The Normalizer: “You must go to a support group and listen to other parents talk about their autistic kids as if autism is an alien who snatched their baby. You have a rotten attitude about all of this, what kind of parents let their kids be so different! And this Daddyman at home thing, it is weird—fix it! Mommies should stay at home. When Daddy’s do it it’s just too different. And stop being so brown and poor. We don’t like that. And the boys will submit to I-BITE. Mwahahahah!”

Momlady: “But that will change the awesomely autistic duo into completely different people and teach them to feel bad about being different!”

The Normalizer: “EXACTLY!”

Momlady: “But that’s so wrong.”

The Normalizer: “Normal is never wrong! It’s always right just because it is normal!”

Momlady: “Okay. We’ll do what you want.”

Bur secretly the family devised Operation Houdini. Daddyman would fly home to Idaho where CPSO was powerless in the face of the fSS (family support system) and the Momlady would stay behind and learn the secret ways of the CPSO and continue to work on mastering the power of the PhD so that the awesomely autistic duo would never be in danger again!

Phase one of Operation Houdini complete… to be continued.


And finally there is Bernice’s gut wrenching essay, which quite took my breath away, and left me weeping and struggling to relax the tell-tale lump of emotion in my throat. Bernice’s essay examines the pressure for compliance on multiple levels and shines a light on threats and dangers that arise when systems do not support the needs of those they propose to serve. This essay is a compelling work, though due to its length is not printed in its entirety. (A PFD of the entire essay is linked below.)


I don’t want to miss you

By Bernice Olivas

“But I don’t want to miss my Mommy,” My son Gareth says. He just turned eight this year. His eyes are wide and his mini Mohawk has begun to grow out. He looked like such a big boy when he got the Mohawk, he doesn’t look like a big boy anymore. He looks like a baby. He is crying and grasping my fingers. “No Idaho, please. Want mommy.”

“I’m sorry baby, but we are all done with Nebraska. It is time to go home to Idaho. I wish I could go with you but I have to stay here. Mommy will see you in June. Mommy loves you so much.”

“But it doesn’t make any sense!” He is angry now and I can’t breathe because if I breathe I’ll cry, and I can’t cry. I can’t cry. “No baby, it doesn’t.” I hold him tight one last time and then his father takes him from me. Our eyes meet and he reaches out to me with this other hand, we brush fingertips but do not hold on. We can’t hold on now, not if we’re going to do this thing,

They leave. I still don’t cry, not when they pull out of the drive, not when I can’t see them anymore, not as I tick off the miles in my head. I clean and pack and make plans and in my head I am keeping time. They are an hour away, three hours, and then six hours. It is February 18th, coincidently the day before I turn 32, and I am keeping time in my head until my children cross the state line. Once they are out of Nebraska I can feel safe. When they are somewhere in Wyoming I sit on the bathroom floor, lights off, and in a time honored tradition of women and mothers everywhere I shove a towel into my face and wail. I let it catch the tears and the keening noise I am making, because even alone I cannot unlearn that this kind pain should remain hidden.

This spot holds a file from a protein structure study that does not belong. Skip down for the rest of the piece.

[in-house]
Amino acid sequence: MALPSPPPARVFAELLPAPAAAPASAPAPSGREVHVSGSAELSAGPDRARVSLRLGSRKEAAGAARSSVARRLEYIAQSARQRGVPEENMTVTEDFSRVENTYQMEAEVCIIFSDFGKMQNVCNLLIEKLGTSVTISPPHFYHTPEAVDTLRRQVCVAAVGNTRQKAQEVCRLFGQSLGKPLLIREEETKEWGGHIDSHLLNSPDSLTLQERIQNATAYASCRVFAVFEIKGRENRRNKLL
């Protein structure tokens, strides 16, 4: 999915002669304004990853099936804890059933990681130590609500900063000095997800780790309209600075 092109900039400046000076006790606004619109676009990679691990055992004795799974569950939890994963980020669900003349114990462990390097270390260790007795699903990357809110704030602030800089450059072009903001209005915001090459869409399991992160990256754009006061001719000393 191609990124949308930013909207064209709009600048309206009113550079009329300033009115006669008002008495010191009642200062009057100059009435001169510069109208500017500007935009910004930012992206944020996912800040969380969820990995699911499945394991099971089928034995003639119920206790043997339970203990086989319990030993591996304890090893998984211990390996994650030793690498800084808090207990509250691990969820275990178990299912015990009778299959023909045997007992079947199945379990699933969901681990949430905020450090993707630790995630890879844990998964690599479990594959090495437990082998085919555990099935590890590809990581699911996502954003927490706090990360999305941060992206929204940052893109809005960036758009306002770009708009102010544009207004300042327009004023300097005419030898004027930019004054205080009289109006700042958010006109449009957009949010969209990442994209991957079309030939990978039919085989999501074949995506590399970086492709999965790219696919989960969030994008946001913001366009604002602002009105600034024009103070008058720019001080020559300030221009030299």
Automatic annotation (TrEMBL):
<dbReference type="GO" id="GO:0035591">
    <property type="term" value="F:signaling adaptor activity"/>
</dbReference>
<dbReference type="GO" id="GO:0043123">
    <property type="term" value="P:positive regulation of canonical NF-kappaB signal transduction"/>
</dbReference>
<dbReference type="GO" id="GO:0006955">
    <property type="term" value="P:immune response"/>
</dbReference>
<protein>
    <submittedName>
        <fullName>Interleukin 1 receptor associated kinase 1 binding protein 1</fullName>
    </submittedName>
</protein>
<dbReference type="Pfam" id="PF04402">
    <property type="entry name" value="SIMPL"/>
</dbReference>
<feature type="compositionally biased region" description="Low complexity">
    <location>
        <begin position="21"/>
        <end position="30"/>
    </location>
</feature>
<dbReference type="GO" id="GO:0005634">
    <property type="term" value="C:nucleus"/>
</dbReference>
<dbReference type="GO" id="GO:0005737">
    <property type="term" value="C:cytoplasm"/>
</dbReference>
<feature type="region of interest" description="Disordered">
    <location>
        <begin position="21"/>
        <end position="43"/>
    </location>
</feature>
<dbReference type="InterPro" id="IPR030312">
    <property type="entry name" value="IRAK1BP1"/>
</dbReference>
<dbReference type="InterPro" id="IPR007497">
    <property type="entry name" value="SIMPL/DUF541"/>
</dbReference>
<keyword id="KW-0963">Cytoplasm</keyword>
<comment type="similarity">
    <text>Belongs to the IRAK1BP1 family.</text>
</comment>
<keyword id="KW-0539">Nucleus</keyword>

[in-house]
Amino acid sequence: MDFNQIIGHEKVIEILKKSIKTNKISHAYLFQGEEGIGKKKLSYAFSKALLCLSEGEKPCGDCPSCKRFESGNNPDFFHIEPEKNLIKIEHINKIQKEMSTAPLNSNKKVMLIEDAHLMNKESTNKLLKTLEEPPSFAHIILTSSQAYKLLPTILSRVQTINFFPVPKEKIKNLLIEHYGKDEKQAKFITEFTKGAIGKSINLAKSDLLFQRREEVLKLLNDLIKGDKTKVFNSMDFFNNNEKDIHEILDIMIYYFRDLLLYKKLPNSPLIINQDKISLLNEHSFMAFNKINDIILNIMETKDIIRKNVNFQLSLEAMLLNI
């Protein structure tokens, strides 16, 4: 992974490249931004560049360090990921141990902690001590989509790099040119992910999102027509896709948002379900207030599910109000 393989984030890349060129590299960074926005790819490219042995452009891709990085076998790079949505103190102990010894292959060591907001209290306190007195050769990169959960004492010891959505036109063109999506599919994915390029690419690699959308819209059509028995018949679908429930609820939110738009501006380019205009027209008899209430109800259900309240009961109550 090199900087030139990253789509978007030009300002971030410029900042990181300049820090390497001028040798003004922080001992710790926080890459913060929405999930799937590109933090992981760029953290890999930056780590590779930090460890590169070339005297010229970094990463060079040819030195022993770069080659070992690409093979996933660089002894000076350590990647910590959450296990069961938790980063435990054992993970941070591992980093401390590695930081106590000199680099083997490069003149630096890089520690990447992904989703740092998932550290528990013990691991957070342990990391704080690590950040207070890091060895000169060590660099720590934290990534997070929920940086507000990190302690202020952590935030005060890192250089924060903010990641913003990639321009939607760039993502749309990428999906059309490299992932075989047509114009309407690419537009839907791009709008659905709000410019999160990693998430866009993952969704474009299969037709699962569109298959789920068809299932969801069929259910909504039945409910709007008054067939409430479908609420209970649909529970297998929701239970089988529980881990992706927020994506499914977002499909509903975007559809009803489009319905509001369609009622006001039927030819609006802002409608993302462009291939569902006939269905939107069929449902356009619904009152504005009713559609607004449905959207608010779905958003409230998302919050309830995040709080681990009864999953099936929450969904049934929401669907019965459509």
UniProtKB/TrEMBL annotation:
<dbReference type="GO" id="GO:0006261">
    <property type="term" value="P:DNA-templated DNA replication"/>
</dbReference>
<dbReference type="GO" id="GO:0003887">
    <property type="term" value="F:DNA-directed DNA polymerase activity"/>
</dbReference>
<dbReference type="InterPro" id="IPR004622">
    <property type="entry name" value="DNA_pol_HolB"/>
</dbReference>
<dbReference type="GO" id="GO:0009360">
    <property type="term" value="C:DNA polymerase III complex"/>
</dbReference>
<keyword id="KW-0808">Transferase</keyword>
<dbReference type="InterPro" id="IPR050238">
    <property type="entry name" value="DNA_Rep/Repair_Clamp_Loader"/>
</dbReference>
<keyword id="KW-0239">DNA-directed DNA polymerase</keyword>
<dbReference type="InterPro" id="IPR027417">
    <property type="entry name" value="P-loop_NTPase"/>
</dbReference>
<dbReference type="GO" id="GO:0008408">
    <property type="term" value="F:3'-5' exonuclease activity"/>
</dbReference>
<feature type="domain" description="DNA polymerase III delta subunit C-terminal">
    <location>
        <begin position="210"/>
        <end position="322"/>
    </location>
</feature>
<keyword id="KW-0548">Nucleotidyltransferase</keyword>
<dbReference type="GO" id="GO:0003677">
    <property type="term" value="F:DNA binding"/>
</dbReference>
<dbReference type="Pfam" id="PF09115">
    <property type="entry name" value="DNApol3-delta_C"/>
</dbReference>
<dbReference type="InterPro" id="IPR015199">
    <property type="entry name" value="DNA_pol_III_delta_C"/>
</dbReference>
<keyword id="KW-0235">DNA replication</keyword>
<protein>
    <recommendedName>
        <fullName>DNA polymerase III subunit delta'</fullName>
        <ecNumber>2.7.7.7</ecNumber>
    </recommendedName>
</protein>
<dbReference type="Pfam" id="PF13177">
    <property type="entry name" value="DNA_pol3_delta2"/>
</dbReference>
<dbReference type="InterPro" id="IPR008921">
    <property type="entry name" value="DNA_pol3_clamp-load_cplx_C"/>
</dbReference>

What I don’t tell my sons and what they must never know is this


You are not safe in Nebraska my beautiful, autistic boys. Your autism baffles teachers, disturbs neighbors—your autism is too noisy, too messy, and often too naked. The way you flap and spin, the way you react to too much or too little sensory stimulus and your unrestrained, unexpected laughter are read as “unacceptable behaviors” here. Our CPS case manager does not speak body. She cannot hear I love you in a gentle head-butt, or decipher what you really mean when you repeat back commercials or movie scripts. She doesn’t understand and she thinks that your “behavior” is an indication of my neglect or abuse. She thinks that because I don’t make you wear socks with your shoes, not even on snow days, that I am neglecting you. She will not hear me when I try to explain that socks makes you itch and ache and fret and want to be free of the weight on your skin. All she sees is you misbehaving, getting undressed, not speaking when spoken to. That, my beautiful son, is not OKAY here. You are not okay here. So I must send you somewhere safe. Somewhere you will be okay.

It is so not-okay that total strangers accused us of neglect when they saw you get undressed at the park and when they see you undressed on our balcony. It’s so not-okay, that people at your school accuse us of neglect for not forcing you to wear socks even though they have witnessed the way socks make you scream, scream, scream and make you tear them off or scrabble madly at your shoes until you hyperventilate and curl into a baby ball and keen. It is so not-okay that our case manager, even though she herself has admitted that there is no evidence that we are bad parents, bad people, has said, “You need to take our help because if these behaviors do not stop your kids will end up in the system.”